The international roadracing season continues to pack a lot of action and drama into a shortened timespan, and this week, we’re seeing changes to the World Superbike and World Endurance schedules, and a lot of chatter about the wild crashes at the Red Bull Ring in Sunday’s MotoGP showdown.
World Superbike schedule changes
The World Superbike season is still seeing changes to the schedule, with the Italian round at Misano cancelled. The reason? COVID-19, of course. As per the WSB website, “The round was scheduled to be the final round of the Championship but given the uncertainty of the COVID-19 pandemic, all parties agreed to cancel the event, scheduled for November, and instead focus on securing the Championship’s presence at the circuit for three more years, starting in 2021.” It seems that, without the ability to have fans at the race, the track didn’t want to go ahead for 2020.
So, World Superbike added a race at Circuito Estoril, in Portugal, where it hasn’t raced since 1993. You can see the track’s layout above; here’s what WSB’s website said about the 4.182-km track:
“… it features a variety of long-radius Parabolicas, tight hairpins, slow chicanes, quick kinks and flowing esses. A 986-metre long, 14-metre wide front straight will see some of the fastest top speeds of the year, before the hard-braking zone of Turn 1, a prime overtaking spot. It’s pretty one line through Turn 2 before Turn 3 will welcome overtaking in abundance. It’s a short shoot to Turn 4, again an overtaking place.
Turn 5 is the ferociously fast kink which takes you down to Turn 6 and the Parabolica Interior, another overtaking hotspot but one which is incredibly easy to miss a braking marker and run wide. Over the top of the hill, Turn 7 is another potential passing place before heading round the sweeping Turn 8 and into one of the tightest and slowest chicanes on the calendar – passing is possible but it could cost your exit at Turn 10 and Turn 11.
The final part of the track is one of the best in the world, through the left-hand flick at Turn 12 before the Ayrton Senna Parabolica at Turn 13 will see the bikes loop round and ask for the power, charging down the main straight and completing a lap of the undulating Circuito Estoril. 13 turns consisting of nine right-handers and four left-handers, this circuit is the ultimate final round, with plenty of overtaking spots. Lap times around the 1’36s bracket are to be expected, as Estoril readies for a return to a motorcycle racing World Championship for the first time since 2012.”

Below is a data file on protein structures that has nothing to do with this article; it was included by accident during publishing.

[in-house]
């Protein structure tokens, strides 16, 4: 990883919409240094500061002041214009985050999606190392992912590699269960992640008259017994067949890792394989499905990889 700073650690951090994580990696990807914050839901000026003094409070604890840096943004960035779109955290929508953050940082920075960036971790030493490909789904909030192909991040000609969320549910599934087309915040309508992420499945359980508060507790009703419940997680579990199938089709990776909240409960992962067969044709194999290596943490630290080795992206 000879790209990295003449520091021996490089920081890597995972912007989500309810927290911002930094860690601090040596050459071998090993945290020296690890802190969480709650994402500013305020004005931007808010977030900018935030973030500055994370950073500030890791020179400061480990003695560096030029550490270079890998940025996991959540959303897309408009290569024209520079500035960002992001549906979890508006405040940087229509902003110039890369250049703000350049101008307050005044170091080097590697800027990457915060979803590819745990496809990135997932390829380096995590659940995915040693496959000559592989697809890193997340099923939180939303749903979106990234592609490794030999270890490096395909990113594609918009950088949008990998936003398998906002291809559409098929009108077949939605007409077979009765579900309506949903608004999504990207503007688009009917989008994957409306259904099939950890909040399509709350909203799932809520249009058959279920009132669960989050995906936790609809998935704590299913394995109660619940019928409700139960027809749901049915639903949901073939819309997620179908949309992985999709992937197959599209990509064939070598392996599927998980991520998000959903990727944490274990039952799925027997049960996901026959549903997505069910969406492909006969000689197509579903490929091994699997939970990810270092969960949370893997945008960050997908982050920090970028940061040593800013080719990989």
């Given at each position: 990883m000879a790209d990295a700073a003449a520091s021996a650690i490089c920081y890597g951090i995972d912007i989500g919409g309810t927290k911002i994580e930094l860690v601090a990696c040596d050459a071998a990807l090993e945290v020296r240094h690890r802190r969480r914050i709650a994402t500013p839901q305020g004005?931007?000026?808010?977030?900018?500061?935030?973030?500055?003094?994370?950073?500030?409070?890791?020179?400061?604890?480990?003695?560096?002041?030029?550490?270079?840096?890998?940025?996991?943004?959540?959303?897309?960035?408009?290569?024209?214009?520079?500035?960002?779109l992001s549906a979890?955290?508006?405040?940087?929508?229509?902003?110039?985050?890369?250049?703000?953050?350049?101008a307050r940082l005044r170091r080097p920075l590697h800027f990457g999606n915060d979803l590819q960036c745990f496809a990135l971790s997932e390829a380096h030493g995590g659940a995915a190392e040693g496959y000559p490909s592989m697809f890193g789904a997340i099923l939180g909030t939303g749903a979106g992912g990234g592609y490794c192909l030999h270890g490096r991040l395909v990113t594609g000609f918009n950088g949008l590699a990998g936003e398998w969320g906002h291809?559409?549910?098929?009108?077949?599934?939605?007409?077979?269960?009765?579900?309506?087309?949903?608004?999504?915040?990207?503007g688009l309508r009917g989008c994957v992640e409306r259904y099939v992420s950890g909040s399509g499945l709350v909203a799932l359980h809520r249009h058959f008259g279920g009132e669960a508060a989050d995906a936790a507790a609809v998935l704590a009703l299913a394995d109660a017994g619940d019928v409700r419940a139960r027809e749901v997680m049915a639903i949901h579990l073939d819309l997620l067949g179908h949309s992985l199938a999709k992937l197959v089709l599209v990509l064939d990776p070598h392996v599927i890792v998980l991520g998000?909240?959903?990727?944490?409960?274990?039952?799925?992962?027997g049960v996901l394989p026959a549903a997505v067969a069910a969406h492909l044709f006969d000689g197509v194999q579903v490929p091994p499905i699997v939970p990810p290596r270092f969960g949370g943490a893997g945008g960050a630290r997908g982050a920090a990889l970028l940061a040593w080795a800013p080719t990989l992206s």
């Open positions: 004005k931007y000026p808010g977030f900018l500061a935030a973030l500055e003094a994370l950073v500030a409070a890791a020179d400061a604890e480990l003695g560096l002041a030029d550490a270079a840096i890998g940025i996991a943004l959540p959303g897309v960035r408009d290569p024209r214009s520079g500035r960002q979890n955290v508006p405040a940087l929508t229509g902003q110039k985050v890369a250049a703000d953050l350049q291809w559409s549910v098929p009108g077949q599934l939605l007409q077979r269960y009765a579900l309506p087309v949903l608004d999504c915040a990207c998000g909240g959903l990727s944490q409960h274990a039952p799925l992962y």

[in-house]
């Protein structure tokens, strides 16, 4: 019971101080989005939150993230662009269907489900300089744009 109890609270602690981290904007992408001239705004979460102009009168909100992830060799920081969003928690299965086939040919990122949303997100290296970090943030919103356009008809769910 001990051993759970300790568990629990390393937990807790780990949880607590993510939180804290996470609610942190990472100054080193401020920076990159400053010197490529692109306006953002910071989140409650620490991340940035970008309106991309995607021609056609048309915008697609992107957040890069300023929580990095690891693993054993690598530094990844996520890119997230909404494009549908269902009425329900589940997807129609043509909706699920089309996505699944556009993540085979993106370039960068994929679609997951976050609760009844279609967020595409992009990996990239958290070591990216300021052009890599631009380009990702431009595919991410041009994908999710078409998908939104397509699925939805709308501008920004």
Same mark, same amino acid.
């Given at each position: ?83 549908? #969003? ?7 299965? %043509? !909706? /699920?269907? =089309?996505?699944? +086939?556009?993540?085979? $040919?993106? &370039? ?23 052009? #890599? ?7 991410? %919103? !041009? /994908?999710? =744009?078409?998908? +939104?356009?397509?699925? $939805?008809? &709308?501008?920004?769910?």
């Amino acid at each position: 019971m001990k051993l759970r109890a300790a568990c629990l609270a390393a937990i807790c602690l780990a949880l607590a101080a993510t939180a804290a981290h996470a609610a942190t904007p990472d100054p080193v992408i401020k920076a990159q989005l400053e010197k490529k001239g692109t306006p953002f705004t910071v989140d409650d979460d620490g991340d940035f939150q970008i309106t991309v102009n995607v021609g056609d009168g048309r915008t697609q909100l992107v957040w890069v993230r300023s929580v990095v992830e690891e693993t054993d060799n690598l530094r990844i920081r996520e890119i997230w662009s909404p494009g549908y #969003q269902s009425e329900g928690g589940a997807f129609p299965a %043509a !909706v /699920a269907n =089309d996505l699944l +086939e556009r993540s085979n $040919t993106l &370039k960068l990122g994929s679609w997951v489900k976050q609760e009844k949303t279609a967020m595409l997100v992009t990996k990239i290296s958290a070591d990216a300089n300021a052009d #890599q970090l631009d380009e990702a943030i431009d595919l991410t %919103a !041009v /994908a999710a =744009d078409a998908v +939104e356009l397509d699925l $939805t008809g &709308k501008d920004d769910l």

Mayhem in Austria
About the crashes in the Austrian race: We’re not going to say much, because there have been plenty of words already, but here’s MotoGP’s excellent video coverage of the scary incident:
Rossi had some harsh words for Zarco afterwards, but Zarco says the slipstream is what caused the crash, and he seems to be genuinely concerned about the incident—a welcome change from some of the attitudes in MotoGP the past few years. The two racers met up for a private conversation, and it seems they’ve got it sorted out now.
Oh, and in case you missed it, there was another scary crash in Moto2.
World Endurance drops Bol D’Or
World Endurance doesn’t get the same hype as MotoGP or World Superbike, but it’s still a major international roadracing series, and that means it faces the same challenges as those Dorna-managed series. The World Endurance series has already had schedule changes this year, and now we’re getting another: the Bol D’Or race has been cancelled, thanks to local authorities pulling its permit.
So, we’re getting another race inserted into the schedule instead. Guess where we’re racing? Portugal, at Estoril! There’s a new event called 12 Hours of Estoril, running on September 27. First, the roadracing scene started showing interest in Portimao, and now Estoril? Looks like it’s a great year for Portuguese roadracing fans!
Canadian Superbike surprises
The CSBK website doesn’t have the updated Pro Superbike standings posted at this point, but we’ve had a peek at them, and the results are surprising.
Four races into the season, and undefeated Jordan Szoke has 204 points on his Kawasaki ZX-10R. Guess who’s second? Samuel Guerin, on his BMW S1000RR, with 133 points. That’s great for a rookie, and certainly not something we’d have expected to see at start of the season.
And third? That’s Sebastien Tremblay, who’s been flogging his Kawasaki ZX-6R in the litrebike class. He’s sitting on 113 points.
Obviously, Trevor Daley’s inability to attend Round 2 due to COVID quarantine measures, and Ben Young and Tomas Casas skipping this year’s series have all made a big difference to the standings, but still—this is turning out to be a wild year, with a lot of twists.
There’s still no word on whether or not we’ll see another CSBK round, at this point, but we’d expect word in the next couple of weeks.